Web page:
The laurel can vary greatly in size and height, sometimes reaching 10–18 metres (33–59 ft) tall. Laurus is a genus of evergreen trees belonging to the Laurel family, Lauraceae. 

The smooth bark may be olive-green or of a reddish hue. The luxurious, evergreen leaves are alternate, with short stalks, lanceolate, 3 to 4 inches long, the margin smooth and wavy. They are thick, smooth, and of a shining, dark green colour. The flowers are small, yellow and unisexual, and grow in small clusters.

Laurel Cherry
  • Botanical: Prunus laurocerasus
  • Family: Rosaceae
  • Known as: Laurel Cherry, Prunus laurocerasus, English laurel, Lorbeerkirsche,

Laurel Cherry

Prunus laurocerasus is an evergreen shrub or small to medium-sized tree, growing to 5 to 15 metres (16 to 49 ft) tall, rarely to 18 metres (59 ft), with a trunk up to 60cm broad. The leaves are dark green, leathery, shiny, (5–)10–25(–30)cm long and 4–10cm broad, with a finely serrated margin. The leaves can have the scent of almonds when crushed.

Lavender
  • Botanical: Lavendula officinalis
  • Family: Lamiaceae
  • Known as: Lavendel, Lavandula angustifolia,
  • Old Use: medicinal; culinary

Lavender

The genus includes annual or short-lived herbaceous perennial plants, and suffrutescent perennials, subshrubs or small shrubs.

Leaf shape is diverse across the genus. They are simple in some commonly cultivated species; in others they are pinnately toothed, or pinnate, sometimes multiple pinnate and dissected. In most species the leaves are covered in fine hairs or indumentum, which normally contain the essential oils.

Lettuce Bitter
  • Botanical: Lactuca virosa
  • Family: Asteraceae
  • Known as: Bitter Lettuce, Lactuca virosa, Wild Lettuce, Bitter lettuce, Laitue vireuse, Opium Lettuce, Poisonous Lettuce, Rakutu-Karyumu-So, Gift-Lattich, Wilder Lattich, Stinklattich, Stinksalat

Lettuce Bitter

It is a biennial herb growing to a maximum height of 6 feet. The erect stem, springing from a brown tap-root, is smooth and pale green, sometimes spotted with purple. There are a few prickles on the lower part and short horizontal branches above. The numerous, large, radical leaves are from 6 to 18 inches long, entire, and obovate-oblong. The stem leaves are scanty, alternate, and small, clasping the stem with two small lobes.

Malva
  • Botanical: Malva sylvestris
  • Family: Malvaceae
  • Known as: Mallow, High Mallow, Malva, Malve, Käsepappel, Gänsepappel, Kasköpfe, Käslein, Katzenkrallen, Krallenblumen, Pappeln, Schafkas, Schwellkraut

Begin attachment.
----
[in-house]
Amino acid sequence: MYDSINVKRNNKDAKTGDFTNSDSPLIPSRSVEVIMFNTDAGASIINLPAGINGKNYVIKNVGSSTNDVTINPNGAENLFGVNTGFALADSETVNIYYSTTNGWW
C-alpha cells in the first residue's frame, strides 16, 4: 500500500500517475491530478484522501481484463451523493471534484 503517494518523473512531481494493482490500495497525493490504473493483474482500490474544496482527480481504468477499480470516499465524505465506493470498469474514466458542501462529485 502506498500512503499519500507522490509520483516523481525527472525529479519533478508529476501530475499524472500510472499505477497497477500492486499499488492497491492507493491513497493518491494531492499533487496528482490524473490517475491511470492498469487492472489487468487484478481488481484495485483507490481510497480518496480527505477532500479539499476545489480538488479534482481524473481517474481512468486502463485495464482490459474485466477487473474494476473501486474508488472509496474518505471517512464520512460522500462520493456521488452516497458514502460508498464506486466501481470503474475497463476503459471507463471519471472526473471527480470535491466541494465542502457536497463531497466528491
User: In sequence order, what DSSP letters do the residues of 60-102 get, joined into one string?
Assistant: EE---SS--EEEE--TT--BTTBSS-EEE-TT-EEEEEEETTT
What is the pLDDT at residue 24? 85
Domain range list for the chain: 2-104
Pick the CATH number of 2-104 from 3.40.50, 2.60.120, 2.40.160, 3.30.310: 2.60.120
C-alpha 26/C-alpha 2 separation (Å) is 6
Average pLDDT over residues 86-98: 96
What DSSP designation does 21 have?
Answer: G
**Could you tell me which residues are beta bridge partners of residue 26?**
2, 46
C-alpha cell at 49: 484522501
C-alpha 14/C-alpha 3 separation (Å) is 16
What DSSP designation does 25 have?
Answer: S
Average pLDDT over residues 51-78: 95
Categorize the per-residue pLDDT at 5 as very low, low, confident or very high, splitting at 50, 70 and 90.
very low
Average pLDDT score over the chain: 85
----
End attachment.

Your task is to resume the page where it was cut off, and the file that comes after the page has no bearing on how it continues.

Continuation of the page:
• Old Use: medicinal
  • Aroma: earthy, herbaceius

Malva

Malva sylvestris is a spreading herb, which is an annual in North Africa, biennial in the Mediterranean and a perennial elsewhere. Three feet (one meter) tall, (3 meters has been observed in a wild or escaped from cultivation setting, and several cultivated plants of 2 meter or more in height) with a growth habit which can be straight or decumbent, branched and covered with fine soft hairs or none at all, M. sylvestris is pleasing in appearance when it first starts to flower, but as the summer advances, "the leaves lose their deep green color and the stems assume a ragged appearance".

Melissa
  • Botanical: Melissa officinalis
  • Family: Lamiaceae
  • Known as: Zitronenmelisse, Melissa, Lemon balm, melissa_officinalis
  • Old Use: culinary; medicinal

Melissa

Melissa Officinalis is a perennial herb from the Lamiaceae (mint) family, which just happens to be the same family as Salvia Divinorum. This herb can grow to be 3 feet (1 meter) tall, and 3 feet (1 meter) wide. The leaves are fuzzy with many tiny hairs, they vary in shape from oblong oval to a heart shape and all have a jagged toothed edge.

Monkshood
  • Botanical: Aconitum napellus
  • Family: Ranunculaceae
  • Known as: aconite, wolfsbane, fuzi, monk's blood
  • Old Use: In Chinese medicine processed aconite was used to treat heart failure and other heart diseases.

Monkshood

It is an herbaceous perennial plant growing to 1 m tall, with hairless stems and leaves. The leaves are rounded, 5–10 cm diameter, palmately divided into five to seven deeply lobed segments. The flowers are dark purple to bluish-purple, narrow oblong helmet-shaped, 1–2 cm tall.

Mustard Black
  • Botanical: Brassica nigra
  • Family: Brassicaceae
  • Known as: Black Mustard, Brassica nigra, Sinapis nigra, Gartensenf, Mostardkorn, Mostert, Senfsaat
  • Old Use: medicinal use

Mustard Black

Brassica nigra is a ANNUAL growing to 1.2 m (4ft) by 0.6 m (2ft in). It grows from two to eight feet tall, with racemes of small yellow flowers. These flowers are usually up to 1/3" across, with four petals each. The leaves are covered in small hairs; they can wilt on hot days, but recover at night.
 It is in flower from Jun to August, and the seeds ripen from Jul to September. The flowers are hermaphrodite (have both male and female organs) and are pollinated by Bees, flies.The plant is self-fertile.